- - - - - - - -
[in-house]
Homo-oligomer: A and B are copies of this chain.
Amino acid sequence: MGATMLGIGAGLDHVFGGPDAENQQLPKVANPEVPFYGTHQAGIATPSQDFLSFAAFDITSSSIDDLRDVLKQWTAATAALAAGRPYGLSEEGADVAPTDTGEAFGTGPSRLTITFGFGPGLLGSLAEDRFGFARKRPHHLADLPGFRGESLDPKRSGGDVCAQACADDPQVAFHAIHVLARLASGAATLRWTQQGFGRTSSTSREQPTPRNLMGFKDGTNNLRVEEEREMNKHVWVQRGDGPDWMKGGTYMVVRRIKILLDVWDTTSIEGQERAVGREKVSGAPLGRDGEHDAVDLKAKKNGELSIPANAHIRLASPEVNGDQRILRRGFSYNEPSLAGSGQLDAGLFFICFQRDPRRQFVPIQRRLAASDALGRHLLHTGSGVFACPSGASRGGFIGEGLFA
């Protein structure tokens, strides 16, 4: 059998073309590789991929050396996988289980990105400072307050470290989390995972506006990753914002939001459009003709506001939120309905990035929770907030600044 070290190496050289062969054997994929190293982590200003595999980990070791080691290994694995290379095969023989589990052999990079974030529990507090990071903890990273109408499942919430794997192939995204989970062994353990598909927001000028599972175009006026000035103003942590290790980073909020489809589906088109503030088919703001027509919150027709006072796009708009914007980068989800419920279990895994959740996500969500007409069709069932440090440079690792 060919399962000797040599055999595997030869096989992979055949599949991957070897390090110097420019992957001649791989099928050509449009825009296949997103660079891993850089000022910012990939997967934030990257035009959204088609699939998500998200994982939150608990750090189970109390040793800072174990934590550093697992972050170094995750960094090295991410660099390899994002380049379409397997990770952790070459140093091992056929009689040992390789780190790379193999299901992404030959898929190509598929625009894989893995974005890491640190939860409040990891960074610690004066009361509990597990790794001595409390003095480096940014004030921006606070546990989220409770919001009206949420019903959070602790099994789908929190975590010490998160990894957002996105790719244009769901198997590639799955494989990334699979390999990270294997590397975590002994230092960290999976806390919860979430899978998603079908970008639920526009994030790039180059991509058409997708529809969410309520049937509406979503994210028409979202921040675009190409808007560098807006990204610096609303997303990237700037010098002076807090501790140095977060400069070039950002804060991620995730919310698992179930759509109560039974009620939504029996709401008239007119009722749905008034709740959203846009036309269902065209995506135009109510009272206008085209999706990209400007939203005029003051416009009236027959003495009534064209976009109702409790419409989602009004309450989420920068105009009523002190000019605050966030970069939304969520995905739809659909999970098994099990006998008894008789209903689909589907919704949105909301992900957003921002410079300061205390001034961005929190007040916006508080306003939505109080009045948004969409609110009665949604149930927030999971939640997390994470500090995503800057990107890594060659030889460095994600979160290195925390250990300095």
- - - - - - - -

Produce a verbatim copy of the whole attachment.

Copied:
[in-house]
Homo-oligomer: A and B are copies of this chain.
Amino acid sequence: MGATMLGIGAGLDHVFGGPDAENQQLPKVANPEVPFYGTHQAGIATPSQDFLSFAAFDITSSSIDDLRDVLKQWTAATAALAAGRPYGLSEEGADVAPTDTGEAFGTGPSRLTITFGFGPGLLGSLAEDRFGFARKRPHHLADLPGFRGESLDPKRSGGDVCAQACADDPQVAFHAIHVLARLASGAATLRWTQQGFGRTSSTSREQPTPRNLMGFKDGTNNLRVEEEREMNKHVWVQRGDGPDWMKGGTYMVVRRIKILLDVWDTTSIEGQERAVGREKVSGAPLGRDGEHDAVDLKAKKNGELSIPANAHIRLASPEVNGDQRILRRGFSYNEPSLAGSGQLDAGLFFICFQRDPRRQFVPIQRRLAASDALGRHLLHTGSGVFACPSGASRGGFIGEGLFA
């Protein structure tokens, strides 16, 4: 059998073309590789991929050396996988289980990105400072307050470290989390995972506006990753914002939001459009003709506001939120309905990035929770907030600044 070290190496050289062969054997994929190293982590200003595999980990070791080691290994694995290379095969023989589990052999990079974030529990507090990071903890990273109408499942919430794997192939995204989970062994353990598909927001000028599972175009006026000035103003942590290790980073909020489809589906088109503030088919703001027509919150027709006072796009708009914007980068989800419920279990895994959740996500969500007409069709069932440090440079690792 060919399962000797040599055999595997030869096989992979055949599949991957070897390090110097420019992957001649791989099928050509449009825009296949997103660079891993850089000022910012990939997967934030990257035009959204088609699939998500998200994982939150608990750090189970109390040793800072174990934590550093697992972050170094995750960094090295991410660099390899994002380049379409397997990770952790070459140093091992056929009689040992390789780190790379193999299901992404030959898929190509598929625009894989893995974005890491640190939860409040990891960074610690004066009361509990597990790794001595409390003095480096940014004030921006606070546990989220409770919001009206949420019903959070602790099994789908929190975590010490998160990894957002996105790719244009769901198997590639799955494989990334699979390999990270294997590397975590002994230092960290999976806390919860979430899978998603079908970008639920526009994030790039180059991509058409997708529809969410309520049937509406979503994210028409979202921040675009190409808007560098807006990204610096609303997303990237700037010098002076807090501790140095977060400069070039950002804060991620995730919310698992179930759509109560039974009620939504029996709401008239007119009722749905008034709740959203846009036309269902065209995506135009109510009272206008085209999706990209400007939203005029003051416009009236027959003495009534064209976009109702409790419409989602009004309450989420920068105009009523002190000019605050966030970069939304969520995905739809659909999970098994099990006998008894008789209903689909589907919704949105909301992900957003921002410079300061205390001034961005929190007040916006508080306003939505109080009045948004969409609110009665949604149930927030999971939640997390994470500090995503800057990107890594060659030889460095994600979160290195925390250990300095």